Can't see the chemistry for 3806C as my subscription to insightlive ran out. Interesting to know what si/al that one has.

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High Bridge said:  "A test I have run is to put a blob of glaze on some already glaze-fired bare clay and see if the bubbles are still there. In theory the already fired clay shouldn't be releasing any gas."

 

good idea. 

 

Assuming that you would get bubbles if you ran the HB's test,

the most likely source of bubbles would be the clay component of the glaze recipe. 

 

Try calcining the clay and use something like CMC to keep the ingredients in suspension. 

 

Or just try another source of clay such as a clean kaolin.

 

LT

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I have used several commercial clear glazes and ran into similar issues with my red clay. Microbubbles with one glaze and a slightly opaque crackle with the other clear (reminded me of the look of doughnut glaze). Grrrr!! 

 

If you do decide to use a commercial glaze, you might try purchasing Laguna Clear Bright in dry form. I've found that when I use the Clear Bright that I've mixed myself to an extremely thin consistency, no more than one or two coats painted on quickly with a mop brush rather than dipped, it does NOT microbubble around texture. If this is a road you're interested in taking, please PM me your email address and I will happily send you photos of all my clear on red results with details.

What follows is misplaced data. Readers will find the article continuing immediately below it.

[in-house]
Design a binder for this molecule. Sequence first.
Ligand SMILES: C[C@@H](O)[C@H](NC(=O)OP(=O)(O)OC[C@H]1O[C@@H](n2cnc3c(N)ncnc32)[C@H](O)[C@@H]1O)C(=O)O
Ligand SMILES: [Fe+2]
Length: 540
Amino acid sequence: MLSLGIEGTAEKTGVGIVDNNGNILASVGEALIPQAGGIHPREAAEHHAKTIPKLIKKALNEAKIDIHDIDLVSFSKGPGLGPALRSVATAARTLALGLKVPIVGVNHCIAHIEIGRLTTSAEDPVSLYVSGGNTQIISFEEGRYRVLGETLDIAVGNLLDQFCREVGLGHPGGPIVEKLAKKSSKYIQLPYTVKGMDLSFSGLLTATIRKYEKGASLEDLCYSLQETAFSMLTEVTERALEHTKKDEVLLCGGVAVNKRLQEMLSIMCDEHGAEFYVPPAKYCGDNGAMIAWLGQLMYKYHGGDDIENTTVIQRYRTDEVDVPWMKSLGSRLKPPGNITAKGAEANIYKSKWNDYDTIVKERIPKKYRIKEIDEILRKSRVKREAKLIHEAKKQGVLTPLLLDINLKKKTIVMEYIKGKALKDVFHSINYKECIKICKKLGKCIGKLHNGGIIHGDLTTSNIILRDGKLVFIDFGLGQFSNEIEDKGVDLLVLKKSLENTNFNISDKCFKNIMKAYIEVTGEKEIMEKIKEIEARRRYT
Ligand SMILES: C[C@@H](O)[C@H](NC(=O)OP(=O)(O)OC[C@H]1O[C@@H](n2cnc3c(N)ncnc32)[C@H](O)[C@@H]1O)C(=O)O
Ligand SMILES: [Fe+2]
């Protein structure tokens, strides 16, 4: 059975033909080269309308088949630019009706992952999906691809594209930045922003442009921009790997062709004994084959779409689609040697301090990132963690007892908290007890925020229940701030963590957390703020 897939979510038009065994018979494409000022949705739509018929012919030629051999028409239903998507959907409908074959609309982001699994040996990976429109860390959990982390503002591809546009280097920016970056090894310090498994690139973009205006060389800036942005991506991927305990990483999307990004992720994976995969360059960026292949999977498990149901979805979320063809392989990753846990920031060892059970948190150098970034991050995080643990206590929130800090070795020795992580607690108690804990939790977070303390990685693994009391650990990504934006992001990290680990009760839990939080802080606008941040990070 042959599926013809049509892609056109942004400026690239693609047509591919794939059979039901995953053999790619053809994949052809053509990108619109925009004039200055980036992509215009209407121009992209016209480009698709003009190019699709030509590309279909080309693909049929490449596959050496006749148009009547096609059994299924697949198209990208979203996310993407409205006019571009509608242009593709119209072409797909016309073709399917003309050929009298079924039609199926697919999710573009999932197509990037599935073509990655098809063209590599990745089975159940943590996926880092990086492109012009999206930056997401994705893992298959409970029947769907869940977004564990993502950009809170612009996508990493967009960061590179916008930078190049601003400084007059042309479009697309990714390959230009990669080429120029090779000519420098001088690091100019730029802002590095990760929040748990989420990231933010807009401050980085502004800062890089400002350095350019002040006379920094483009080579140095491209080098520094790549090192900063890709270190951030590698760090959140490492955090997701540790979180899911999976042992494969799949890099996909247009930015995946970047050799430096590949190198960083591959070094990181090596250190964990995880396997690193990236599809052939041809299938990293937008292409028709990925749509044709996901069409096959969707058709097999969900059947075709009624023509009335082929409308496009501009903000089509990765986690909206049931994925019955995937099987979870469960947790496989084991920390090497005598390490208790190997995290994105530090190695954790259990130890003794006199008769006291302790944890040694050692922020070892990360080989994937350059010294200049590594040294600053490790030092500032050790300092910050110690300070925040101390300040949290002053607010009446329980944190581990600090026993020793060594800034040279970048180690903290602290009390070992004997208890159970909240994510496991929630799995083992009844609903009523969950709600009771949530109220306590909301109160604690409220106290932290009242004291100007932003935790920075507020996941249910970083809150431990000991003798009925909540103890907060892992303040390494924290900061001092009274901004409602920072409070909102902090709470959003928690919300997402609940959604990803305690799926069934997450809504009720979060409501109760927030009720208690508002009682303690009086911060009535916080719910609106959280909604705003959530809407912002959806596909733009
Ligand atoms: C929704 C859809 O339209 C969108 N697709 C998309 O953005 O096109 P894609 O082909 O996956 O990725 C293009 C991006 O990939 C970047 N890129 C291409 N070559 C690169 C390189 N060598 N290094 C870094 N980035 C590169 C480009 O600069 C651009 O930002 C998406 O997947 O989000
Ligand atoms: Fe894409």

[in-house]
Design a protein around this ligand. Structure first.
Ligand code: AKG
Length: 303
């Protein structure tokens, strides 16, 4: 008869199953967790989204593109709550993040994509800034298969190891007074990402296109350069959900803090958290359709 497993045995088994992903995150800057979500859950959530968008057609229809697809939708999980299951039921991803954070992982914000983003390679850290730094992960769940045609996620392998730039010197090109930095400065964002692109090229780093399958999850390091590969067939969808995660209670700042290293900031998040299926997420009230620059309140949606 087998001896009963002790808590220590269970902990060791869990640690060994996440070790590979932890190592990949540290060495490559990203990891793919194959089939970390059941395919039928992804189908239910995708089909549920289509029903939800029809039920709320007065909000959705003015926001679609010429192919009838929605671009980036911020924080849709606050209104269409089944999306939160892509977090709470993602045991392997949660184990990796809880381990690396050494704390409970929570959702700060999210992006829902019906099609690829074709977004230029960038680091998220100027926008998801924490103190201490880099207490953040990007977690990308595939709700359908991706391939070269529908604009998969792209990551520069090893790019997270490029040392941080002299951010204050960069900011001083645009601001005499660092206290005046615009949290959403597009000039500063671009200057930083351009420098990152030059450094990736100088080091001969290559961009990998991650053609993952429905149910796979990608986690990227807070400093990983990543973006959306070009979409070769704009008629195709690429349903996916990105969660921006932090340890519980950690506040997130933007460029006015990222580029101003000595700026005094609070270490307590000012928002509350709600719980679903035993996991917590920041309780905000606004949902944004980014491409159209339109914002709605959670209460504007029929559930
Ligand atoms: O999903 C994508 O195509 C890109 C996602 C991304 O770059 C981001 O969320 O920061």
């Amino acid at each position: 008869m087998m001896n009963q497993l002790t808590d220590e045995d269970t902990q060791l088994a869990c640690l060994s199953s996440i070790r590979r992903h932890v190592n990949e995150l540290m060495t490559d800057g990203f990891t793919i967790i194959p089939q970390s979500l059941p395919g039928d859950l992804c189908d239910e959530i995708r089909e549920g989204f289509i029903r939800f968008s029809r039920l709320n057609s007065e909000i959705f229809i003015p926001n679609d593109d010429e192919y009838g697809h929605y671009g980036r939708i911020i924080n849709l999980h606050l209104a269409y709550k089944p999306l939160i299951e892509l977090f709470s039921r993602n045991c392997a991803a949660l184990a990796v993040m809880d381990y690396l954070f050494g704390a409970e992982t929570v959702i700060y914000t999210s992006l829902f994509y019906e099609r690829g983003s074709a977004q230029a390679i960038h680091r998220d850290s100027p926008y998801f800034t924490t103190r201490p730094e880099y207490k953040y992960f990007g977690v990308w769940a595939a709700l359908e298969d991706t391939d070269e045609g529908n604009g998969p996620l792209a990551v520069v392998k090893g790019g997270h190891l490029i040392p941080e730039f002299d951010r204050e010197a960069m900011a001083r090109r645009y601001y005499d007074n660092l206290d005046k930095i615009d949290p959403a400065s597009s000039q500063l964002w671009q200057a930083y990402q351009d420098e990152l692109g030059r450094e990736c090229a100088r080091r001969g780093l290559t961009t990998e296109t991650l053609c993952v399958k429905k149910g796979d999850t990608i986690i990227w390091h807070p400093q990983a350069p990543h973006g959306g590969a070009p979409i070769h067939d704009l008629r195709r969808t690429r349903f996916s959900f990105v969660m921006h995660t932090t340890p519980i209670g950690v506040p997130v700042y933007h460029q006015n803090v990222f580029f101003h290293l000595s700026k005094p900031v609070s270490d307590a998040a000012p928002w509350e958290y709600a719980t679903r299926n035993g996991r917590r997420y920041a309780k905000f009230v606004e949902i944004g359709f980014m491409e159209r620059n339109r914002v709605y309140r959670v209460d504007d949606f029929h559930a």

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Sorry I've been a bit absent guys. Victoria Day weekend+family=less socially acceptable computer time.

 

Min, the bisque is done to cone 06, the length of the firing is 8 hours (I believe). The glaze is done at a "slow" rate, and this is the best information I can give you on that until I can get ahold of my kiln tech tomorrow morning. I fire at a local arts centre, and if I fill the kiln with all my own work, I can request firing specifics. If I'm sharing kiln space at all, or topping it up with member's work, I have to use their schedules. I think you're right, the firing schedule needs examining.

 

I agree that a higher bisque, or a short hold below the point where the glaze begins to fuze would likely solve a number of issues.

 

Given that the bubbles seem to be present regardless of the glaze recipe, I think the clay body beneath may be to blame for those. There is almost a universal presence on all my pieces to date of a very faint orange peel texture in the glaze over the red clay that seems to be absent lessened in the areas over the white decorative slip. The texture lessens considerably when I've made efforts to raise the flux, or add more heat work to help smooth things out. The best results I've gotten so far were from the Ravenscrag clay recipe, but it's got boron clouding instead. Hence the efforts to raise the alumina in relation to the boron.

 

Joel, I've been operating under the assumption that more silica and alumina help with strength and durability, and as long as you have enough flux and/or heat to make it melt when and where you want it to, more is better. This is admittedly cone ten logic, and may or may not apply here.

 

Is anyone bothered by the lack of calcium in the original post, or is just having enough boron/KNa/lithium to melt everything sufficient?

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Sorry Lou, I didn't mean to forget you. This red clay seems to be remarkably forgiving in terms of glazes fitting it. Crazing has blessedly been absent. I've got some cups in the freezer now to do a shock test in the AM just to make sure. That glaze link still looks cloudy over the red clay sample.

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Callie: